CRM spending to hit $113.8 million in MEA in 2008

Gartner predicts 14.2% global increase in CRM expenditure, MEA region to grow 19.7%

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By  Brid-Aine Conway Published  April 29, 2008

Gartner has announced that expenditure on CRM software will rise by 19.7% this year in the Middle East and Africa (MEA) region.

Globally, CRM spending will rise by 14.2%, based on preliminary 2007 revenue estimates of $7.8 billion, to reach $8.95 billion.

Although North America will continue to be the largest market for CRM up to 2012, reaching $7.67 billion, Gartner expects the strongest growth from Asia/Pac and emerging markets such as MEA, Latin America and Eastern Europe, particularly in specific industries.

MEA will experience a compound annual growth rate (CAGR) of 12.9% from 2007 to 2012.

"In terms of the industries that we're really talking about for MEA, it's some of the industries within professional services, financial services - basically those areas which are at the moment seeing a boom. As Dubai and others transform their economies from being more oil-based towards more professional services/financial services-oriented, that's where we expect some of the growth in CRM to come into play," said principal research analyst at Gartner, Chris Pang.

The analyst firm expects software-as-a-service (SAAS) to continue to gain in popularity, thereby driving growth.

"In terms of SAAS uptake in North America and parts of Western Europe, that's been very quick and it's been growing quite significantly year on year," said Pang, "However, in the Middle East, we expect the uptake to be a little bit slower and follow the trend of continental Europe, places like France and Germany as opposed to places like the UK and Netherlands which have been faster adopters of SAAS.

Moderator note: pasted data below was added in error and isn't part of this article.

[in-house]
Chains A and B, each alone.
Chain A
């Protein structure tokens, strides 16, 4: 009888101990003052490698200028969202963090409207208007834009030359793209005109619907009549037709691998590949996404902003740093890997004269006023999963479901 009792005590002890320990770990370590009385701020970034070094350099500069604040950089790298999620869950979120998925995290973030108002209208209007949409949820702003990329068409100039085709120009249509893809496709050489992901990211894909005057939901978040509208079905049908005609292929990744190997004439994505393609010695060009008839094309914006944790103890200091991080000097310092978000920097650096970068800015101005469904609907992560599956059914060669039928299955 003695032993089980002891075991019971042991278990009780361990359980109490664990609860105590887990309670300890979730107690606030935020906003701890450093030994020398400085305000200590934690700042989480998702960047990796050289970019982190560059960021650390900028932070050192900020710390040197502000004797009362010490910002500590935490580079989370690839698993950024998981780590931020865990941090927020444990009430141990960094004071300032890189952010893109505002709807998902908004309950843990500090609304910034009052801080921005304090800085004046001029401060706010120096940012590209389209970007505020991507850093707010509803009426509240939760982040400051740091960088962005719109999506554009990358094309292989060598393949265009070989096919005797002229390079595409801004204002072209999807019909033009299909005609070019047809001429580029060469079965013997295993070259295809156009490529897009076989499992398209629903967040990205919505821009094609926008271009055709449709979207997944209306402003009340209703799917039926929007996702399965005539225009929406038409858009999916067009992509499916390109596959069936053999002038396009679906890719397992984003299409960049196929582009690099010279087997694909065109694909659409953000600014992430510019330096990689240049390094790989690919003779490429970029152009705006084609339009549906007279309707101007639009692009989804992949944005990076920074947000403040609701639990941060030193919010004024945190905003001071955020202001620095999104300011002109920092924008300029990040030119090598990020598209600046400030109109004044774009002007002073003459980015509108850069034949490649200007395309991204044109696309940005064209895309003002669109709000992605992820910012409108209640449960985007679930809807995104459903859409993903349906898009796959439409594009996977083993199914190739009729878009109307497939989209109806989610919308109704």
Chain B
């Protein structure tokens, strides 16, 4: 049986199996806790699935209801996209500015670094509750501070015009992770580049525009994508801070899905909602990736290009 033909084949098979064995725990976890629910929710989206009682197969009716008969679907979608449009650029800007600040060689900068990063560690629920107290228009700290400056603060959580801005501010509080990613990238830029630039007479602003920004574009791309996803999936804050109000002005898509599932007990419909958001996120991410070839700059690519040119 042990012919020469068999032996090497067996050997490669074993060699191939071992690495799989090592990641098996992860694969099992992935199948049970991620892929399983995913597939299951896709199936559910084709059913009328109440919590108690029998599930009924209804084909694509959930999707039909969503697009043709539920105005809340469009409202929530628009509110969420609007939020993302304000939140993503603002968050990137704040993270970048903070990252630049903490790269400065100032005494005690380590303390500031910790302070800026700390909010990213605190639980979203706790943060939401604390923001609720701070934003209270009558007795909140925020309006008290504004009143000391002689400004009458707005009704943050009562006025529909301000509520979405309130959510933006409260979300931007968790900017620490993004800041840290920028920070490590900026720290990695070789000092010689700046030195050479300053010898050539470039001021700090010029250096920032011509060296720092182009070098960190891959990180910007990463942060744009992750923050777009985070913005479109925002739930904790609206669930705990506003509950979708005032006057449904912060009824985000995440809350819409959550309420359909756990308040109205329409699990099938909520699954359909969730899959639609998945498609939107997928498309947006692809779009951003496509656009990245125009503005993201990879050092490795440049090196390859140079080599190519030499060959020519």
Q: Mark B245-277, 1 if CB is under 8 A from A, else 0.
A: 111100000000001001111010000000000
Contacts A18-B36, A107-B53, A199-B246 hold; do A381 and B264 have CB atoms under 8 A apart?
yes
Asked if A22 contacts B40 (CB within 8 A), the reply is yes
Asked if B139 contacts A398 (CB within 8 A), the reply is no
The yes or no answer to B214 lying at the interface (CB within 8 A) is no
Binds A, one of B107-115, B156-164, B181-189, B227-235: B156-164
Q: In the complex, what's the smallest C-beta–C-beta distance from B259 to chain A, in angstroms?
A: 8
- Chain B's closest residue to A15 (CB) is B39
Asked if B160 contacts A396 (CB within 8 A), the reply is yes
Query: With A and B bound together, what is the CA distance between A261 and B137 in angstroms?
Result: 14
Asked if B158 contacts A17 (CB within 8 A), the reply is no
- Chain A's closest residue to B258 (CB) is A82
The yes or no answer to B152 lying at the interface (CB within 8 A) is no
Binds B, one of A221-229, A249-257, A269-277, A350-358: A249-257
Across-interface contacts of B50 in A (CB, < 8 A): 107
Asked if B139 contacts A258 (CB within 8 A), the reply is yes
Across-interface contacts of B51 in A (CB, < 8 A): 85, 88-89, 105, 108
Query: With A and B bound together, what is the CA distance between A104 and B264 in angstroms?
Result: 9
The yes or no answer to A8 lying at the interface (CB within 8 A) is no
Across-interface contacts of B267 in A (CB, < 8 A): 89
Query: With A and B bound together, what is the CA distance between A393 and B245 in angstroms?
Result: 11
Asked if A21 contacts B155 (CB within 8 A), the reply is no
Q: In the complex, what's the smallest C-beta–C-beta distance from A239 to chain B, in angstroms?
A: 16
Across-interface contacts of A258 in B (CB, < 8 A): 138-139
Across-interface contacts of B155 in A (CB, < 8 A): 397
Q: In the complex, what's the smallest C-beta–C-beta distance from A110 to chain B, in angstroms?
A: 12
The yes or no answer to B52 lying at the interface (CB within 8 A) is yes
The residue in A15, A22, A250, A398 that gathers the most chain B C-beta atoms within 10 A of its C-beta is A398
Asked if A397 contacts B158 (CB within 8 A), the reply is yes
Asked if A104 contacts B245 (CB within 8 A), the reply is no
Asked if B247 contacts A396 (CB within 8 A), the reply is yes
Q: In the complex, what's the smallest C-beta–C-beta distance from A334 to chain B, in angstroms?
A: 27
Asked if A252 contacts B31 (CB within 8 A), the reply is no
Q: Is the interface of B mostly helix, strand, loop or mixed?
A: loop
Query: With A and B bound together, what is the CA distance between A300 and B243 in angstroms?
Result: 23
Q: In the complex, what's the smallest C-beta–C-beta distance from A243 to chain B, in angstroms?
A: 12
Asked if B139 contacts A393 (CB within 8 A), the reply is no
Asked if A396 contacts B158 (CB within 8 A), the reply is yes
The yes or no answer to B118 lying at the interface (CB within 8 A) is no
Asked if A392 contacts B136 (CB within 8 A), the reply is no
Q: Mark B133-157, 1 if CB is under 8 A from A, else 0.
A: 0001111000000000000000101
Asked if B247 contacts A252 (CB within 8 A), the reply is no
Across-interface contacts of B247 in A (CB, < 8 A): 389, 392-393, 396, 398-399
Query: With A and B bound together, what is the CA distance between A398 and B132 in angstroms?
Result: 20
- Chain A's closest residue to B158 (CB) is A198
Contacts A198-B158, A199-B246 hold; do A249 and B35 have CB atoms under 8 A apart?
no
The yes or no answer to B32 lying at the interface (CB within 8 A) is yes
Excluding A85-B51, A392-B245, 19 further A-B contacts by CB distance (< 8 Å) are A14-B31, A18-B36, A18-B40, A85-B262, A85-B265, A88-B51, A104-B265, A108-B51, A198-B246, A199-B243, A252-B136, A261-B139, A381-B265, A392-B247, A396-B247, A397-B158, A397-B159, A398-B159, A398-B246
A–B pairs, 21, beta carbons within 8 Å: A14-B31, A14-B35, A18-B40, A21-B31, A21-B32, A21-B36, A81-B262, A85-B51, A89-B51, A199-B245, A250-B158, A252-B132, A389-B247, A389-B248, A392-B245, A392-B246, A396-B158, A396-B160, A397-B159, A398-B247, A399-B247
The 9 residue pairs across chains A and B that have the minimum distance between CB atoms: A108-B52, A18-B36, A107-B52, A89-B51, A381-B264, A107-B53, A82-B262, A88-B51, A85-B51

"One of the reasons for this is the local infrastructure. In places like Dubai, for example, that's not going to be a problem, there's good connectivity there. But in other parts of MEA, where broadband isn't quite so ubiquitous, there's going to be some major performance issues if you're trying to use SAAS applications."

"The other issue would be the lack of local vendors offering a SAAS solution. Most of the SAAS solutions at the moment are coming out of North America and so that's why there's a high adoption there as well as some of the English-speaking parts of Europe," he added.

Gartner also predicts continued consolidation in the CRM market. The analyst firm stated that vendors are looking to extend their portfolios, and acquire new solutions to complement their strengths as well as expanding geographically, which leads to consolidation. It added, however, that this consolidation would be offset by new, smaller entrants offering specialised functionality.

"Consolidation is good and bad, really, for end-users. It helps them in the sense that it makes vendor management easier. Instead of dealing with wall-to-wall vendors for your ERP, CRM and SCM systems, potentially you can narrow that down to one or two vendors," said Pang.

"However, in terms of the cons of consolidation, it does mean that with vendor selection, people have got to be a lot more careful and look at due diligence because they're going to be worried about the prospect of their vendor not being there two or three years down the line.

"Basically what end users want is security that the vendor they choose now will be around in years to come to support and update their application and provide continuous innovation to the product. In cases where vendors have acquired other vendors, you will have seen a slowdown in sales in the first 18 months as the vendors consolidate internally to see what is going to be the go-forward platform? What are going to be the key functions they're going to really put investment into?" he concluded.

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